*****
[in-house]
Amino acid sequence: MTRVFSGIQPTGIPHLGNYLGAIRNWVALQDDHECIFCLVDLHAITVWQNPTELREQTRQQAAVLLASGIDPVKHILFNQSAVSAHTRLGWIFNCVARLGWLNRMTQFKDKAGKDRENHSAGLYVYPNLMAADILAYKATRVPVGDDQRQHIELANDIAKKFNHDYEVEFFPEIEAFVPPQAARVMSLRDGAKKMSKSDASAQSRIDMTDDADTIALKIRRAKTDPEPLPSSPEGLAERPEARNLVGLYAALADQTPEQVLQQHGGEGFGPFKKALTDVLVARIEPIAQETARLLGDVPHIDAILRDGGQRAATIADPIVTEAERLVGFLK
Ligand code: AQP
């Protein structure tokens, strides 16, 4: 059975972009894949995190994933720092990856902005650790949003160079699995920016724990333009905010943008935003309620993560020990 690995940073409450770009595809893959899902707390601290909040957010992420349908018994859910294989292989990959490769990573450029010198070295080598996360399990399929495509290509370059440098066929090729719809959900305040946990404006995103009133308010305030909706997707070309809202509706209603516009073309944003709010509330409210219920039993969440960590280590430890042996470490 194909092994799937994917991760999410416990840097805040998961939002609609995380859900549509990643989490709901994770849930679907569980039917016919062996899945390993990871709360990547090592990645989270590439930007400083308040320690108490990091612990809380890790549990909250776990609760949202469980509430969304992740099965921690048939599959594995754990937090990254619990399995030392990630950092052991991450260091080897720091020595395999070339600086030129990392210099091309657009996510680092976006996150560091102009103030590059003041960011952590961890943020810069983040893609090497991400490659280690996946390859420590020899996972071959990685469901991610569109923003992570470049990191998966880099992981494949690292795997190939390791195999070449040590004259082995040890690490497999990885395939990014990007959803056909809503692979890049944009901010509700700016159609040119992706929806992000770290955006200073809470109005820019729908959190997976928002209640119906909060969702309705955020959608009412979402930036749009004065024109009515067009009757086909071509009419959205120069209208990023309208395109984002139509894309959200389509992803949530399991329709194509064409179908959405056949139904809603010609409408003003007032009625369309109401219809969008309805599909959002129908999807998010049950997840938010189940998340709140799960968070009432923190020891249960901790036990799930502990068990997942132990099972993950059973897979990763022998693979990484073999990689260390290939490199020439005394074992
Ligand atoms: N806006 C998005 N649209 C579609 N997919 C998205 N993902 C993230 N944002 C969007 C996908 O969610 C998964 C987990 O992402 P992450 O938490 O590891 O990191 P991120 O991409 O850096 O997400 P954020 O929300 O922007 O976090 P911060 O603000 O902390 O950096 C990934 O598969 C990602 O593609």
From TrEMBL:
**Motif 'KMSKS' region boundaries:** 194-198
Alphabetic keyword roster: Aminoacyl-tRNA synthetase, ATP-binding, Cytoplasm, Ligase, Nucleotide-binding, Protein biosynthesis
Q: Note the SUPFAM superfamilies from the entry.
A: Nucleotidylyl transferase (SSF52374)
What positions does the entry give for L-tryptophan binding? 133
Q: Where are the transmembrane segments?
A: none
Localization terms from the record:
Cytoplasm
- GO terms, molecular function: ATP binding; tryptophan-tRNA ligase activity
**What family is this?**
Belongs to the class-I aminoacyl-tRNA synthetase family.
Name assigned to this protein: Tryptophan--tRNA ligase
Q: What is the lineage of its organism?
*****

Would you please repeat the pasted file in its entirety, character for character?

[in-house]
Amino acid sequence: MTRVFSGIQPTGIPHLGNYLGAIRNWVALQDDHECIFCLVDLHAITVWQNPTELREQTRQQAAVLLASGIDPVKHILFNQSAVSAHTRLGWIFNCVARLGWLNRMTQFKDKAGKDRENHSAGLYVYPNLMAADILAYKATRVPVGDDQRQHIELANDIAKKFNHDYEVEFFPEIEAFVPPQAARVMSLRDGAKKMSKSDASAQSRIDMTDDADTIALKIRRAKTDPEPLPSSPEGLAERPEARNLVGLYAALADQTPEQVLQQHGGEGFGPFKKALTDVLVARIEPIAQETARLLGDVPHIDAILRDGGQRAATIADPIVTEAERLVGFLK
Ligand code: AQP
């Protein structure tokens, strides 16, 4: 059975972009894949995190994933720092990856902005650790949003160079699995920016724990333009905010943008935003309620993560020990 690995940073409450770009595809893959899902707390601290909040957010992420349908018994859910294989292989990959490769990573450029010198070295080598996360399990399929495509290509370059440098066929090729719809959900305040946990404006995103009133308010305030909706997707070309809202509706209603516009073309944003709010509330409210219920039993969440960590280590430890042996470490 194909092994799937994917991760999410416990840097805040998961939002609609995380859900549509990643989490709901994770849930679907569980039917016919062996899945390993990871709360990547090592990645989270590439930007400083308040320690108490990091612990809380890790549990909250776990609760949202469980509430969304992740099965921690048939599959594995754990937090990254619990399995030392990630950092052991991450260091080897720091020595395999070339600086030129990392210099091309657009996510680092976006996150560091102009103030590059003041960011952590961890943020810069983040893609090497991400490659280690996946390859420590020899996972071959990685469901991610569109923003992570470049990191998966880099992981494949690292795997190939390791195999070449040590004259082995040890690490497999990885395939990014990007959803056909809503692979890049944009901010509700700016159609040119992706929806992000770290955006200073809470109005820019729908959190997976928002209640119906909060969702309705955020959608009412979402930036749009004065024109009515067009009757086909071509009419959205120069209208990023309208395109984002139509894309959200389509992803949530399991329709194509064409179908959405056949139904809603010609409408003003007032009625369309109401219809969008309805599909959002129908999807998010049950997840938010189940998340709140799960968070009432923190020891249960901790036990799930502990068990997942132990099972993950059973897979990763022998693979990484073999990689260390290939490199020439005394074992
Ligand atoms: N806006 C998005 N649209 C579609 N997919 C998205 N993902 C993230 N944002 C969007 C996908 O969610 C998964 C987990 O992402 P992450 O938490 O590891 O990191 P991120 O991409 O850096 O997400 P954020 O929300 O922007 O976090 P911060 O603000 O902390 O950096 C990934 O598969 C990602 O593609």
From TrEMBL:
**Motif 'KMSKS' region boundaries:** 194-198
Alphabetic keyword roster: Aminoacyl-tRNA synthetase, ATP-binding, Cytoplasm, Ligase, Nucleotide-binding, Protein biosynthesis
Q: Note the SUPFAM superfamilies from the entry.
A: Nucleotidylyl transferase (SSF52374)
What positions does the entry give for L-tryptophan binding? 133
Q: Where are the transmembrane segments?
A: none
Localization terms from the record:
Cytoplasm
- GO terms, molecular function: ATP binding; tryptophan-tRNA ligase activity
**What family is this?**
Belongs to the class-I aminoacyl-tRNA synthetase family.
Name assigned to this protein: Tryptophan--tRNA ligase
Q: What is the lineage of its organism?